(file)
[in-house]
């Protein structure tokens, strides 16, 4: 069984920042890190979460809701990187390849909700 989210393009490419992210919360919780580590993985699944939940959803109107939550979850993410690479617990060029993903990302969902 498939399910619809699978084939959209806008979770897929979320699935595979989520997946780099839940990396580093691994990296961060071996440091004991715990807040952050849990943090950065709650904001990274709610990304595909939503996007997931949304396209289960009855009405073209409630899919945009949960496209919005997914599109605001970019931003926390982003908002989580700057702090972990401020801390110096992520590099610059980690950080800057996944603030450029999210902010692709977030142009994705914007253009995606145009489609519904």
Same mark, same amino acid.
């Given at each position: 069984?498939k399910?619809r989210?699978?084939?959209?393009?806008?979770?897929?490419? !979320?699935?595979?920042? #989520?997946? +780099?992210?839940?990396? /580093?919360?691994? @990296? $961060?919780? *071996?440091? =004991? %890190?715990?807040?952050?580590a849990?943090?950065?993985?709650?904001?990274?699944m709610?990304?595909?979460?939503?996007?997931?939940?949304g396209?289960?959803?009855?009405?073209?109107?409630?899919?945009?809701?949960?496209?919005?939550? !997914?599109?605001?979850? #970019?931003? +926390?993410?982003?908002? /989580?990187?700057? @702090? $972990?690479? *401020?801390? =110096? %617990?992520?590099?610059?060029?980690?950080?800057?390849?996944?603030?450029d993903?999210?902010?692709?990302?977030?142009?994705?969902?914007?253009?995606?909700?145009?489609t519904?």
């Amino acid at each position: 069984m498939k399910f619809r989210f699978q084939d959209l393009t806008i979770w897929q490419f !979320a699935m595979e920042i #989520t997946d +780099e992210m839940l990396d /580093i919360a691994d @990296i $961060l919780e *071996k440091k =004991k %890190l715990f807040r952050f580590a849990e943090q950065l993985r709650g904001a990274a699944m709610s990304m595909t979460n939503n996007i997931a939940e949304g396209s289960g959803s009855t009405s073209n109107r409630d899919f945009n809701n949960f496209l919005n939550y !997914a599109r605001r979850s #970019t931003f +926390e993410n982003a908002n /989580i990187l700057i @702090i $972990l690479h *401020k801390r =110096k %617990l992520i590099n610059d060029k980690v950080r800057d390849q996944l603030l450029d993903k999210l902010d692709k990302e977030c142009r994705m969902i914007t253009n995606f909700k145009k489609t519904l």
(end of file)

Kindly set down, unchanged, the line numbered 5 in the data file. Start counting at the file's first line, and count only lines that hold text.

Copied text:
């Amino acid at each position: 069984m498939k399910f619809r989210f699978q084939d959209l393009t806008i979770w897929q490419f !979320a699935m595979e920042i #989520t997946d +780099e992210m839940l990396d /580093i919360a691994d @990296i $961060l919780e *071996k440091k =004991k %890190l715990f807040r952050f580590a849990e943090q950065l993985r709650g904001a990274a699944m709610s990304m595909t979460n939503n996007i997931a939940e949304g396209s289960g959803s009855t009405s073209n109107r409630d899919f945009n809701n949960f496209l919005n939550y !997914a599109r605001r979850s #970019t931003f +926390e993410n982003a908002n /989580i990187l700057i @702090i $972990l690479h *401020k801390r =110096k %617990l992520i590099n610059d060029k980690v950080r800057d390849q996944l603030l450029d993903k999210l902010d692709k990302e977030c142009r994705m969902i914007t253009n995606f909700k145009k489609t519904l």